By Jason Michael

We were never told the truth about what happened to Scotland. Through a controlled education system we were made to forget that Scotland was effectively taken over by a foreign power through the Act of Union. We have been property ever since.

School history in Scotland when I was growing up was very much like the History Channel before the History Channel existed: Ancient Egypt, the Battle of Bannockburn, and then Nazis, Nazis, and more Nazis. When I came over to Dublin and discovered what Irish kids were learning I was shocked. Teachers were telling their classes that Britain let Irish people starve to death in their hundreds of thousands, forced them to emigrate, banned their religion under penalty of death, put soldiers on the streets to terrorise and murder innocent civilians, and generally behaved like the Nazis I knew so very much about. Why didn’t I know that the British were bad guys?

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British irregulars keeping Ireland British – 1920

The answer to that question was obvious. I had gone through a British education system where the British educators instructed us in a jaundiced interpretation of history like the Nazis would have done had they not been checked. It was all true. Britain was exporting corn from Ireland – more than was needed to feed the whole island – during the Great Famine while the London papers were saying that God was punishing the Irish for being Catholic. Much the same was happening to Gaelic Scotland at the same time, but only Irish children were being told about this. Britain was routinely perpetrating civil and human rights violations in Ireland right up until the signing of the 1998 Good Friday Agreement, but we weren’t being told any of this.

In fact, as far as we were concerned, Scotland had a successful series of wars of independence at the end of the thirteenth century and then nothing else ever happened. Scotland was just… there; doing nothing for the guts of a millennium. Nazis were doing things of interest. Only in passing were we told that Scotland and England became one kingdom, and the moment any questions were asked we were reminded of how bad Hitler was to poor little England. As an adult I have made it my business to find out how it was that Scotland and England – auld enemies – came to be the United Kingdom and, to be honest, it makes for better reading than all that stuff about the German invasion of Poland and the Blitzkrieg. Scotland got played like a fiddle.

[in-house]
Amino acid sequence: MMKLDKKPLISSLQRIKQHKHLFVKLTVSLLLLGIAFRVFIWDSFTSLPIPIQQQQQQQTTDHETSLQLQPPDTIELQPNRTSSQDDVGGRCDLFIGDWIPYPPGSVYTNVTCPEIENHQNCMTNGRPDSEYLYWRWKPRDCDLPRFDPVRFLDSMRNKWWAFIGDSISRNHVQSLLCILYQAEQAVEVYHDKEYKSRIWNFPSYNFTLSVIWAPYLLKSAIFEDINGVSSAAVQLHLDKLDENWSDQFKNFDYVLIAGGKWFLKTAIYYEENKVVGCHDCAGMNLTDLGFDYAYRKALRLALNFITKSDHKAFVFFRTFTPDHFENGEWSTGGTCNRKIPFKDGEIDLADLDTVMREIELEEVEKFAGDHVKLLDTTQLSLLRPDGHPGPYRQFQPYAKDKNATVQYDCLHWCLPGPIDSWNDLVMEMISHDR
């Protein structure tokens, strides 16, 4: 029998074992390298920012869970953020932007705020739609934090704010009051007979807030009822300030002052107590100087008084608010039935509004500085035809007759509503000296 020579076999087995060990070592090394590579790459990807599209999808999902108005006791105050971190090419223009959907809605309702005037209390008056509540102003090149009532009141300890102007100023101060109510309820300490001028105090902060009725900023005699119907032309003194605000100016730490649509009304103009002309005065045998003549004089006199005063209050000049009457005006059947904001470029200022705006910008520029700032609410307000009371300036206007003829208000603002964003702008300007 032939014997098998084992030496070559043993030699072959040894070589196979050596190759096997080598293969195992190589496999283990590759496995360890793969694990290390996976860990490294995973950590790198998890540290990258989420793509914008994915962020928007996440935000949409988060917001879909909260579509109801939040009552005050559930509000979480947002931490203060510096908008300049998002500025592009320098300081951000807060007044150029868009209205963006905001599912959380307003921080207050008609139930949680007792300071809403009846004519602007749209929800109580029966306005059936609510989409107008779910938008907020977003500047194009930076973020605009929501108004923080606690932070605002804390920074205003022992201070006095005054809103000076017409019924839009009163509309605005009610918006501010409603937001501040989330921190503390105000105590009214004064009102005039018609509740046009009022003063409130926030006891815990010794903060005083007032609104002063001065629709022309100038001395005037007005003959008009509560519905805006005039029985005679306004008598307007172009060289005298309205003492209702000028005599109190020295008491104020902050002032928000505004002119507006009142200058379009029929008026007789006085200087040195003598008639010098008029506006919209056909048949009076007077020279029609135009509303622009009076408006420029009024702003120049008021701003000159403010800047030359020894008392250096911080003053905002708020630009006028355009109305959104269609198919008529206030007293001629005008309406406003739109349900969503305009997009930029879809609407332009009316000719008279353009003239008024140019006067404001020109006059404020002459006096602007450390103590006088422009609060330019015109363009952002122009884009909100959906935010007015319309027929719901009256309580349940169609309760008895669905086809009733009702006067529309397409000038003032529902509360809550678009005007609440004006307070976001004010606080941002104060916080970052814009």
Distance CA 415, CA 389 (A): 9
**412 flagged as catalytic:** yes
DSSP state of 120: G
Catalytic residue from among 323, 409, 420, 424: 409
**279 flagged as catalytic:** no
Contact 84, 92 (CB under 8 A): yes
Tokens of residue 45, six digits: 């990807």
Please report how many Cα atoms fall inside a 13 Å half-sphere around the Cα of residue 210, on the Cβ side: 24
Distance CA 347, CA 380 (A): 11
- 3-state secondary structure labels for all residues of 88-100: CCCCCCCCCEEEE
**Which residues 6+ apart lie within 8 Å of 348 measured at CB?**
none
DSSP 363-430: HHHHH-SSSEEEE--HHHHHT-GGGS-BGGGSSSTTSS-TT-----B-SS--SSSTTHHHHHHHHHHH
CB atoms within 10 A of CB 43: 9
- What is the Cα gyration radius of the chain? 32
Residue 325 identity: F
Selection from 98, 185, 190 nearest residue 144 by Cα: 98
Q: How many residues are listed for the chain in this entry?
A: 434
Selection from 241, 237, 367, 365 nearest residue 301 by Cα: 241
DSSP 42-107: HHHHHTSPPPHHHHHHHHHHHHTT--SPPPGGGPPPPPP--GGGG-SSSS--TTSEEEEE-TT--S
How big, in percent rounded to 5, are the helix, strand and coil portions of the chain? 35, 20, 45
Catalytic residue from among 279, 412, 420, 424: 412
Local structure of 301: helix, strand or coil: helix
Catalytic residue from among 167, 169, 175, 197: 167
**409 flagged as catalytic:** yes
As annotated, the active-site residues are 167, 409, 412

From 1603 the kingdoms of Scotland and England shared a Crown. This had nothing to do with political unity and everything to do with the nature of medieval monarchy. England’s Queen Elizabeth, after beheading Mary Queen of Scots, died without a child, and – as Mary was her cousin – the English Crown fell to Mary’s son James. All the while Scotland and England remained two separate states with their own things to be doing and absolutely no interest in a political union. In the decades before 1707 these two kingdoms were openly hostile towards one another; trading in competition and eventually seriously divided over England’s war with France – Scotland’s auld ally.

England came to fear that Scotland would become a backdoor for a French invasion and so began plotting to neutralise Scotland. The big idea that emerged was that of a union with Scotland which would bring Scotland completely under the control of the English parliament, but the problem was that no one in Scotland wanted such a union. In order to bring the unwilling Scots to the table the English state intervened in the financing of Scotland’s colonial project in Panama – the Darien Scheme, and managed to bankrupt Scotland. The Scots came to talk and commissioners were selected from both sides to write up terms for a political arrangement. Queen Anne selected the commissioners and, under the direction of her English advisors, only chose Scots who favoured a union. All of the talks were conducted in secret as Scotland went into open revolt.

When the terms of Union went before the Scottish parliament in Edinburgh, a treaty that would end the legal existence of Scotland – but not that of England, those who were to vote were encouraged to vote for the Union with the cancelation of their debts, the promise that they would no longer be liable for future debts, and a few other juicy cash bonuses. In case this didn’t convince them of the case for the Union an English army was positioned on the border and reinforcements were ready to sail from the north of Ireland. It really was an offer that Scotland couldn’t refuse. After the signing of the treaty the English – now British – army was free to move wherever it wished in Scotland to impose the decision Scotland had made.

Now try and think of how long this state of affairs would have lasted for Scotland if these – any of these – details were included in what Scottish children were taught at school? When we look at the Union now we see how unjust it is, but we do that – for the most part – without much awareness of how this is, how it has always been, and the way it was always intended to be. Robbed of our past we are limited in our understanding of how Scotland has become the property of the English state through Union, to be used to the sole benefit of the London government. It is well overdue that we started to take ownership of our past and through that take back ownership of our country.

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Scotland and England: a tale of rivalry and unity


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